He said he made it with Eagle and POVray...anyone know about these tools? Anyway...sure "looks" good but I wonder how much a double sided board like this would set you back. The circuit previously posted was way small and yet was done on perf board. Anyway, the sustainer thread is still going strong and more people tell me they will be making them this year...pete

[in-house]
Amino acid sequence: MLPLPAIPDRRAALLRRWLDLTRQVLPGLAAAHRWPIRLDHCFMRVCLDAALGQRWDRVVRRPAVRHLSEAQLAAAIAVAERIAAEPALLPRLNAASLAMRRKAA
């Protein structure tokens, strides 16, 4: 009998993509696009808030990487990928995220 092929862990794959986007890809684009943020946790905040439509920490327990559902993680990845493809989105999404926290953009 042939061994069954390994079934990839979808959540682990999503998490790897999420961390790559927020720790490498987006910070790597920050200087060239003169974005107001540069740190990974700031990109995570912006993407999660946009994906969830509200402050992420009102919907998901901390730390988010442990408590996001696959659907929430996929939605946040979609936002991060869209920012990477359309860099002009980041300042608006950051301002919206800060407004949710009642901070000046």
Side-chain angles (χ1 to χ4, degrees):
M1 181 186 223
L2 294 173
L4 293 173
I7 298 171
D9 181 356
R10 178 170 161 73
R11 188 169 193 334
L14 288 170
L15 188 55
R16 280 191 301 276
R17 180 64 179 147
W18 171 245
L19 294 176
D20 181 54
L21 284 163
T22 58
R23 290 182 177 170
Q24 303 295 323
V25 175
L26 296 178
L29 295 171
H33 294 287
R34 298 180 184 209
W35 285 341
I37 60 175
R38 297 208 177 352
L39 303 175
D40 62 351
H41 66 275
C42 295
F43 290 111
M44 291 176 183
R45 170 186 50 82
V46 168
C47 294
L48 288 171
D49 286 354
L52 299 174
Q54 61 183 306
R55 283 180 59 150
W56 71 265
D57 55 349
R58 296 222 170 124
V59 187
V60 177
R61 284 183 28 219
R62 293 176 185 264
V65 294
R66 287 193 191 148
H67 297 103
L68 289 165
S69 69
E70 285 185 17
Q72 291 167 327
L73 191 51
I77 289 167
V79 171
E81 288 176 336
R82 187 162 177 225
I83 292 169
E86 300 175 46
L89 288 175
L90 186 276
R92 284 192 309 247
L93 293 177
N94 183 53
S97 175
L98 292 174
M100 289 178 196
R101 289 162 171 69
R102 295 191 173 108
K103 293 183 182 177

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Dave_B
Posts: 1330


Dave in Kansas, USA


Re: DIY SUSTAINER...hear for yourself
« Reply #99 on: January 22, 2006, 03:12:36 PM »

He said he made it with Eagle and POVray...anyone know about these tools?
Eagle is a software package for designing PCB's.  POV-Ray is a 3D package.  Both are available for free. 

I sure like the layout for the switches.  My attempts to make a 3PDT in Eagle don't look nearly that good.